Meet… Nellie Melba, Janeen Brian (author), Claire Murphy (illus.), Random House, 2016

Synopsis: Dame Nellie Melba was Australia’s first classical music star. The beauty of her singing was celebrated around the globe. She was appointed Dame Commander, OBE for her enormous fundraising efforts during World War One and today she is commemorated on Australia’s hundred dollar banknote. This is the story of how she rose to fame, and how she brought opera to Australians in the city and in the bush.

Meet…Nellie Melba is the latest addition to Random House’s “Meet…” picture book series about the extraordinary men and women who have shaped Australia’s history. Past books in the series include those on Captain Cook, Ned Kelly, Banjo Paterson, Don Bradman, Weary Dunlop, and Sidney Nolan.

Author Janeen Brian wrote the Ned Kelly book in the series, and her experience in documenting the history of famous, influential Australians shine through in this new title as well. With a wealth of information available about opera star and fundraiser Dame Nellie Melba, this book could have easily become overwhelmed with details. The writer has chosen, though, to highlight the most remarkable aspects of the singer’s career, as well as communicate Melba’s grit, determination and Aussie spirit, without getting bogged down in facts.

With so many non-fiction picture books on the market about famous Australian men, it’s always lovely to see a new title that highlights the strengths and achievements of females who have done great things over their lives and made a real difference. Melba’s perseverance to become a world-famous opera singer (at a time when opera was barely known in Australia), and her triumph against the odds as a single, divorced mother in the late 1800s, really shines through in the text.

Brian seems to have captured the real fighting essence of a girl who had a dream and the determination to see it through, even when family members and society tried to keep her from achieving her goals. In the opening of the book, for instance, Nellie’s father snaps at her to ‘Stop that whistling! You sound like a tomboy’, to which Nellie simply juts her jaw and responds, ‘Then I’ll hum.’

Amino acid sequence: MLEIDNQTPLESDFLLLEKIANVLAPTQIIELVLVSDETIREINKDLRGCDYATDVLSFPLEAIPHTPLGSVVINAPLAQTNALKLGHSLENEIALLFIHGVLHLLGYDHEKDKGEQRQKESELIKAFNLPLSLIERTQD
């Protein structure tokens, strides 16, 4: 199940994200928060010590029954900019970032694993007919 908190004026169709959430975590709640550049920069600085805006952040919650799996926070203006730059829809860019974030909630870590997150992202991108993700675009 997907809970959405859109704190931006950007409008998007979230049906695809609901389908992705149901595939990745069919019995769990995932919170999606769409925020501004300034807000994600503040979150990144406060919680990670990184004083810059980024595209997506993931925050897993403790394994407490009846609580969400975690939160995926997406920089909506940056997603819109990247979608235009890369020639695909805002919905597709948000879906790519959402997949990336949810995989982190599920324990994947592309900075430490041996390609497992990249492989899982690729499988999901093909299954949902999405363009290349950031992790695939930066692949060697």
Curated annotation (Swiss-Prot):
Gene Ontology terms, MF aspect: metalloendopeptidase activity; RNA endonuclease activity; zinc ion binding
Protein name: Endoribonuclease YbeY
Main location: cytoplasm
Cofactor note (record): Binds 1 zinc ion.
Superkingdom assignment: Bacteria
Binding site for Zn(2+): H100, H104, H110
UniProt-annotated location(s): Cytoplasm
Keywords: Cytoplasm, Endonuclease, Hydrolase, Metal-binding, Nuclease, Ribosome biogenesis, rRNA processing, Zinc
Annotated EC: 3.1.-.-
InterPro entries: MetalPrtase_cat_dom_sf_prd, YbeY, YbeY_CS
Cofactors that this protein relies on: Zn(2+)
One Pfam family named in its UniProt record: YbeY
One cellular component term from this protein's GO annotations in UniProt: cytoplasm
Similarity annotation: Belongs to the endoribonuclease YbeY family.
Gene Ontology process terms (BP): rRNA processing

This optimism and resilience is illustrated perfectly by Claire Murphy’s pictures, which are full of colour and light. Her work also beautifully captures various styles and settings of the late 1980s to early 1900s, from the Australian bush through to the glamour of a Covent Garden stage or the harsh realities of World War I in Europe where Melba raised money for war charities. The illustrations will help children to develop a better understanding of that period of time too.

Meet… Nellie Melba is an inspiring historical picture book for young children that will no doubt be very popular with schools and libraries. The story is readable and relatable, even though the events happened so long ago, and both girls and boys will surely be keen to get to the end to discover how Melba overcame obstacles and lived her life in her later years. The book ends with a timeline full of additional details about the singer’s life and her influence on Australian culture.

Meet… Nellie Melba is recommended for junior readers aged around five or six years and up.

A copy of this book was provided by the publisher, Random House, in exchange for an honest review.

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